Every legend and folk tale has a sliver of truth.
When in the 14th Century Spanish conquistadors found (stole and killed for) gold among the peoples along the Northern coast of what is now Colombia they wanted more. The natives told them stories of a chieftain, deep in the Andes, that covered himself in gold and threw gold and jewels into a lake to appease the gods. They had no reason not to believe the tales. “El Dorado” – the gilded one – they started to call him.
But soon the legend blew out of proportion. As they pressed inward, greed in their eyes, the chieftain soon became a gilded city, and the city, a hidden golden empire. Because a taste of gold always ignites the desire for more. But the Spaniards didn’t find El Dorado.
No golden city or empire hid its glittering metallic riches deep in the mountain. But they did find Lake Guatavita.
The stories of the chieftain – a Muisca king, or zipa – were true. Whenever a new monarch rose to power, he would cover himself in gold dust, take a raft filled with riches into the middle of the lake and throw himself and the jewelry in. The ritual is famously depicted in the artistic gold votive the Muisca Raft, on display in the Gold Museum in Bogotá.
And so, the lake was drained (partially) by the Spaniards. Hundreds of Emeralds, gold pieces and ceramics were found and “recovered”. But the legend didn’t precisely die there. Magical El Dorado persisted and moved elsewhere, so Englishmen sought it in what is now Guanía, in the Amazon rainforest, in the 1600s. They had little luck.
And Guatavita remained, despite its profanation.
Lake Guatavita is unfortunately often confused nowadays with the Tominé reservoir: an 18 km long, artificial reservoir at the shores of which the current town of Guatavita resides. The reservoir was created to control Bogotá river’s overflowing and the original town of Guatavita had to be flooded.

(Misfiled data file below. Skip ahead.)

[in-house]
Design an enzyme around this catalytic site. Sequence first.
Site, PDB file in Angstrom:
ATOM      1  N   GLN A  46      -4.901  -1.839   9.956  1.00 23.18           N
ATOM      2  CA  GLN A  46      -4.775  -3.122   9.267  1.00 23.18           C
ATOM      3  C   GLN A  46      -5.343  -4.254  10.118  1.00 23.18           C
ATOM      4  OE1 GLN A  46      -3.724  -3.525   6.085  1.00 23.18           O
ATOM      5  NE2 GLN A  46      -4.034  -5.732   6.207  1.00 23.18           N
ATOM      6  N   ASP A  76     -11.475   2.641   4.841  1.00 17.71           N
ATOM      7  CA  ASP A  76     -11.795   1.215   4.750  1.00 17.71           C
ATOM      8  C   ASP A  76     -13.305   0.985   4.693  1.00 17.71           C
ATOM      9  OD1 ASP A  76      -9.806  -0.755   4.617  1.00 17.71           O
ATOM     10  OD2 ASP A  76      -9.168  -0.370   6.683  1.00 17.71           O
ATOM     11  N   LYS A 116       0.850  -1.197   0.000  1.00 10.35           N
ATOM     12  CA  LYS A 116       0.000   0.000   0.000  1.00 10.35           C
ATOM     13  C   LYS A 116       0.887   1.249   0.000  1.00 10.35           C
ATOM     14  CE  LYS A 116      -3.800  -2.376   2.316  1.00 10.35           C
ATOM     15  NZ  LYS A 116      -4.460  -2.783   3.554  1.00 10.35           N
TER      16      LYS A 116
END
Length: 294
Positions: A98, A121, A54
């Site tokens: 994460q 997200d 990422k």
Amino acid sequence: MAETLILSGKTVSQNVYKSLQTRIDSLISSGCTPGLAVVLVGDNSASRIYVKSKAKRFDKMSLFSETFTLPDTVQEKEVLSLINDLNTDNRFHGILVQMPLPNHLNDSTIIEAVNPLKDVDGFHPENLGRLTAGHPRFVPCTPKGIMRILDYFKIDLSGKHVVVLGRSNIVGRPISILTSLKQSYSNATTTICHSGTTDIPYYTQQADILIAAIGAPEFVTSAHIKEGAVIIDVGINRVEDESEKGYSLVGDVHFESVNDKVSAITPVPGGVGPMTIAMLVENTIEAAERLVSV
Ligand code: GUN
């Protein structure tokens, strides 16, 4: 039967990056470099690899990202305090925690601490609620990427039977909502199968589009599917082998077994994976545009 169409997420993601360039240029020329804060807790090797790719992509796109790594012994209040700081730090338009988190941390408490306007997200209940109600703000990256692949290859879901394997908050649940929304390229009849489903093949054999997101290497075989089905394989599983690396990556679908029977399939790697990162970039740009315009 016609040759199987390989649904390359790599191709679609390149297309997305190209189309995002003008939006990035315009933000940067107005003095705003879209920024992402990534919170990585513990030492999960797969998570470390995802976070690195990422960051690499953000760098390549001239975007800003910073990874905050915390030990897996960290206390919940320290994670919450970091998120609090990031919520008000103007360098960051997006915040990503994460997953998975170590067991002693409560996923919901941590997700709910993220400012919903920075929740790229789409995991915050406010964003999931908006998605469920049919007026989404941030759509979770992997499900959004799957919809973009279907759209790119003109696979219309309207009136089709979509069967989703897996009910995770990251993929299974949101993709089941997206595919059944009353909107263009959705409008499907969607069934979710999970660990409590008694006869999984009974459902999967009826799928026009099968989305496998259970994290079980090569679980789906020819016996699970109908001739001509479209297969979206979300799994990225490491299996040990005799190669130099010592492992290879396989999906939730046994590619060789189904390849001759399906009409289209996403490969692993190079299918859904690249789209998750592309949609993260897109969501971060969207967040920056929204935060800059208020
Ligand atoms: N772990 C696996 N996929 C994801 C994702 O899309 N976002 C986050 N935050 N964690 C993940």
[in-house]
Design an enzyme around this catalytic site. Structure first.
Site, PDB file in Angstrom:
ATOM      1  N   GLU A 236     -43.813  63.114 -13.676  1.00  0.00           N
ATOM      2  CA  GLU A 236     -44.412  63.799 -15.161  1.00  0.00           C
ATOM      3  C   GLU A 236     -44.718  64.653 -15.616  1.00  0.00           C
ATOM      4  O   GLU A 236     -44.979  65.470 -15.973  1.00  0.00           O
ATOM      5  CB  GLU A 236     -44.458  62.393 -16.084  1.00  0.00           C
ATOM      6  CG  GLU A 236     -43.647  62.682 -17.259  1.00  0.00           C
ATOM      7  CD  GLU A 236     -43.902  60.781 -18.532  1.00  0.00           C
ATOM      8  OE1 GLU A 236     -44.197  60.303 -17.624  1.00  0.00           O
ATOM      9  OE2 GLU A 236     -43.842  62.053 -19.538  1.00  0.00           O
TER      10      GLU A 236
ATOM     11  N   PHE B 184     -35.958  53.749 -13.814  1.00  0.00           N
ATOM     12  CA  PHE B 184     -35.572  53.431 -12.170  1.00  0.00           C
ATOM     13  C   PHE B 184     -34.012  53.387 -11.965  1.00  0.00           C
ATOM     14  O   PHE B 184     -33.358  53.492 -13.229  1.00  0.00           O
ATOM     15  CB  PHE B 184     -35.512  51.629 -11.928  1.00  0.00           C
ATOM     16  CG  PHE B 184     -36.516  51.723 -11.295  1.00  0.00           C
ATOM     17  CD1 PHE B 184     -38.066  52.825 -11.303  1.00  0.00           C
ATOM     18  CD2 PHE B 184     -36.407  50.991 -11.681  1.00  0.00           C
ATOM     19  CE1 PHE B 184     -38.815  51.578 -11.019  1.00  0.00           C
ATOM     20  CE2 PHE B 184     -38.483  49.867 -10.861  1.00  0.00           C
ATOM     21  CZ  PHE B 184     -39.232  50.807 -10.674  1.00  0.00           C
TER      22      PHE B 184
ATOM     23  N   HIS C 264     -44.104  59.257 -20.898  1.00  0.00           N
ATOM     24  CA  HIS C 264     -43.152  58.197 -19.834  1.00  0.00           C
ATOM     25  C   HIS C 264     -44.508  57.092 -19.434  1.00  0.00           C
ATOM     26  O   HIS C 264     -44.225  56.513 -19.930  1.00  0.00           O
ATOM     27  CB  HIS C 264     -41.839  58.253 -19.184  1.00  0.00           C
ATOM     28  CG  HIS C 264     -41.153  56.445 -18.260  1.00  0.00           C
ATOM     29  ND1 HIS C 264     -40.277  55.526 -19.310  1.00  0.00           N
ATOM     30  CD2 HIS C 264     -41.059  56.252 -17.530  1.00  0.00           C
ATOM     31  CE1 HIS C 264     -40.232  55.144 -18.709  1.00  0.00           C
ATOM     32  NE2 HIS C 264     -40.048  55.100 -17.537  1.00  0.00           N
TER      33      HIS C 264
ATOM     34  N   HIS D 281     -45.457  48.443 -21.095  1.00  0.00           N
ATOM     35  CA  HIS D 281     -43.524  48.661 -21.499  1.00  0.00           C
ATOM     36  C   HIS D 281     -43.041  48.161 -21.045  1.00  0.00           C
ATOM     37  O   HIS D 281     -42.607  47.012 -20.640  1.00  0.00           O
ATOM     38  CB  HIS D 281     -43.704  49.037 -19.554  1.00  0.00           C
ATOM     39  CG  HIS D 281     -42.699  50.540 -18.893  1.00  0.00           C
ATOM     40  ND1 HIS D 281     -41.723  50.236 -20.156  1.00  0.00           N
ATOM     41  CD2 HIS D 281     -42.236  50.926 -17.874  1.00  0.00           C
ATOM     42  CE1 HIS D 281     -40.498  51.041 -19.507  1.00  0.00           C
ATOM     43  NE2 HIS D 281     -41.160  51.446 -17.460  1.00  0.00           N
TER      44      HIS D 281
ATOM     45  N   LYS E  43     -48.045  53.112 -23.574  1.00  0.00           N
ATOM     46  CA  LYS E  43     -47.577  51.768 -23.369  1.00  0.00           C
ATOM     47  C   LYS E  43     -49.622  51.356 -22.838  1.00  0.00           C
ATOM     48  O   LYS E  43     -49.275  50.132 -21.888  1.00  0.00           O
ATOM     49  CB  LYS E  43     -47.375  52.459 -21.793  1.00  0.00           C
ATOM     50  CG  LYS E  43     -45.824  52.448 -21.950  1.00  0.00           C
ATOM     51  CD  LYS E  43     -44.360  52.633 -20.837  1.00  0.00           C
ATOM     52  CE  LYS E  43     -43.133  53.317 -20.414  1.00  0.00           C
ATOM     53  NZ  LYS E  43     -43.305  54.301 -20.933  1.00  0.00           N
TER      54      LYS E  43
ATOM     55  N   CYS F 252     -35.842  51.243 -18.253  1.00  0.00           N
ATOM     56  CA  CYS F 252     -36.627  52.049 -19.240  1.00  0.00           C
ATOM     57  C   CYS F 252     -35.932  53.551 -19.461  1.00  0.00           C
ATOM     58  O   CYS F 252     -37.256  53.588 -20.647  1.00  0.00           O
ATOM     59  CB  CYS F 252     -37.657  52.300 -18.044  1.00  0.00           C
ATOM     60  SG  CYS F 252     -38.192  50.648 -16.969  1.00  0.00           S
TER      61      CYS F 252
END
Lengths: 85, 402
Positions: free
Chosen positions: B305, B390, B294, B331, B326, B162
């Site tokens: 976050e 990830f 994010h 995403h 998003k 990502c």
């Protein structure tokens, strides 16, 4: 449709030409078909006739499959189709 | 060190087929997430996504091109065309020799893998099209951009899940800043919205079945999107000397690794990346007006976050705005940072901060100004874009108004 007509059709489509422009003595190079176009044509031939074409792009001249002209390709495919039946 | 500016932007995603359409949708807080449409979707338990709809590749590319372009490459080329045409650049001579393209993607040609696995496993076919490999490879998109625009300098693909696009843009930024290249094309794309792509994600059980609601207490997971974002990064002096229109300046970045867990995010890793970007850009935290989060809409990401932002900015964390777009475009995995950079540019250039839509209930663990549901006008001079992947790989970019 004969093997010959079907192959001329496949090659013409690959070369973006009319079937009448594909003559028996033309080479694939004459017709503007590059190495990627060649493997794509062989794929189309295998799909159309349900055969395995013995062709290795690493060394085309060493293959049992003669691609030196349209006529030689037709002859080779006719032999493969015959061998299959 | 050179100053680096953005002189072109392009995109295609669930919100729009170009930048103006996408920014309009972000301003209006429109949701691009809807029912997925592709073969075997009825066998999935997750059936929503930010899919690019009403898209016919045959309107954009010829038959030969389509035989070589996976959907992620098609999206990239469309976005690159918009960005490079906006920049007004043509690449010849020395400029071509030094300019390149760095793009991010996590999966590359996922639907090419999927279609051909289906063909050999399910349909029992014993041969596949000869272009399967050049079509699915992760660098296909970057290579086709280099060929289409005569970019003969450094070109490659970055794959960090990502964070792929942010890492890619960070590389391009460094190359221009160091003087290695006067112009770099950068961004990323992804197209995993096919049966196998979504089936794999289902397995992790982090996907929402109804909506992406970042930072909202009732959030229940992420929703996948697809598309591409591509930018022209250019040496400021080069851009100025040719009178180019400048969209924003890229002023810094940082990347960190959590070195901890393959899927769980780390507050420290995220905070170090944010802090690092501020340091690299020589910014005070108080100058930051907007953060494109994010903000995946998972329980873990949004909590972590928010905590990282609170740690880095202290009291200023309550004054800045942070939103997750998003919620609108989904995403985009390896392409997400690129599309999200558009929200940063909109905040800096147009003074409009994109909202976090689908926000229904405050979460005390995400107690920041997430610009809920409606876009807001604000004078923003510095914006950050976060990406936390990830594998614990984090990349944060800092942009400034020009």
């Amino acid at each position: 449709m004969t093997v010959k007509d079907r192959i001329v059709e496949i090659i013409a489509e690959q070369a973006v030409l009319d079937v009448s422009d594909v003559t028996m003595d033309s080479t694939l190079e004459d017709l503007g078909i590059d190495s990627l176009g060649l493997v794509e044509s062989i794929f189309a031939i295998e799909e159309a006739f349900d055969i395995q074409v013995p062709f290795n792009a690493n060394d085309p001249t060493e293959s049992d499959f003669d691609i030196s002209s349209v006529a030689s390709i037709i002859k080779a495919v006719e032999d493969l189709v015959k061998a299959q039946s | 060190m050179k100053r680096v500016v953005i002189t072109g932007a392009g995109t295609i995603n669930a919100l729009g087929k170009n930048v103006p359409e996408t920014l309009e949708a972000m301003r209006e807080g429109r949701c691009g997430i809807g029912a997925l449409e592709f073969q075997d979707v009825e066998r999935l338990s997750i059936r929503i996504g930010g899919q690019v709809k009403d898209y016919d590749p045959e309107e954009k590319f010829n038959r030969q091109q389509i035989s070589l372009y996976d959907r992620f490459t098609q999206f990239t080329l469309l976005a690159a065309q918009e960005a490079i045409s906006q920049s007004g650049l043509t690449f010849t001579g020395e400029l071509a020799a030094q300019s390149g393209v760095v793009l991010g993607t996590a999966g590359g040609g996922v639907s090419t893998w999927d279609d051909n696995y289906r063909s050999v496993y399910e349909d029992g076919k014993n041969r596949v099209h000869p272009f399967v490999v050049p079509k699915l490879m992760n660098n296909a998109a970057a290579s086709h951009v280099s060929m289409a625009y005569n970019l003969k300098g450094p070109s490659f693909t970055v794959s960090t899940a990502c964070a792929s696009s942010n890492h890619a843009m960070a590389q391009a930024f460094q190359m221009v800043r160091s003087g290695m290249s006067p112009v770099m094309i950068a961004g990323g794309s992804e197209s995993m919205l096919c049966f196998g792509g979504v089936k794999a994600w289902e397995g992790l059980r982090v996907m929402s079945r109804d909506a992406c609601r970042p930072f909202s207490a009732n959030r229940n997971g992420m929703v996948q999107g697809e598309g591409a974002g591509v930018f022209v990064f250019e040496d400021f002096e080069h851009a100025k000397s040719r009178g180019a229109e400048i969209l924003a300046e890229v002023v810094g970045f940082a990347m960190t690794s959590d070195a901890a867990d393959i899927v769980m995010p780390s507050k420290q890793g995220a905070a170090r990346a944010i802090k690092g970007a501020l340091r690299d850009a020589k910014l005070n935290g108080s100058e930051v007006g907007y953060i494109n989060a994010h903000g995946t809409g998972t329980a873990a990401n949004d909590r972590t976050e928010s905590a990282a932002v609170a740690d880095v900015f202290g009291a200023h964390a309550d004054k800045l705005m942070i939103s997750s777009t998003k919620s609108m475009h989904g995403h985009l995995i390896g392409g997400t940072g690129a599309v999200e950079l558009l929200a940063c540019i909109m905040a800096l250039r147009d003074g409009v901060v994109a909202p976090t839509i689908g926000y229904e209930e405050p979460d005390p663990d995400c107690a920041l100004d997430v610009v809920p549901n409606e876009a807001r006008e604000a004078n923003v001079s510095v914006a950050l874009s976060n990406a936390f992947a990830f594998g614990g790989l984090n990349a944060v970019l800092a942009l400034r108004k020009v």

The town had to move a couple hundred meters north-east and it was built to preserve the old colonial architecture, but with a couple modern touches. If you go to the southern edge of the reservoir, on a clear day, you can almost make out the ceilings of the old buildings beneath the waters. It is a little creepy and sad.
The reservoir is also known because it houses a couple nautical clubs. You can always see sailboats, rowboats and other smaller vessels. You could also go water skiing (or wakeboarding or even windsailing [haven’t seen]), but I recommend only doing it on a sunny day: the water is freezing.
I personally didn’t know Tominé and Guatavita were two separate bodies of water until I visited the latter. I always thought the El Dorado ritual happened in crazy-cold Tominé and that people still dove to find old, lost treasures among reeds right off the towns port. But, no.
Lake Guatavita is a little north-east of current New Guatavita. To see it you can drive – preferably – maybe some 10 minutes and then hike a little through what is now a natural park.
The lake is almost circular, and you could almost think it was a crater – as I thought the first time I saw it, hoping that some chunk of space had caused it. But it is more likely the lake resulted from the dissolution of underground salt deposits, creating a kind of sinkhole. The region is full of salt deposits. Boo salt.
Despite not being caused by dramatic space-rock impact, the lake is a sight to see. The almost unmoving waters make the lake a perfect blue mirror that contrasts the lush greens of the vegetation around. There a viewpoint that let you see the lake just right. It’s very contemplative. Enchanting.
No wonder it was a holy site.
It is likely there is still some gold in the bottom of the lake – unseen by the ravenous Spaniards that drained and combed it – but it is unlikely it will ever be drained again. Specially in search for gold. Maybe if you go close enough to the edge you can catch a glimmer of something underwater. Maybe. But people are prohibited from diving in (not that many haven’t).
I would settle with the lake’s natural beauty: unforgettable. For everything else there are plastic cards, like in the ads.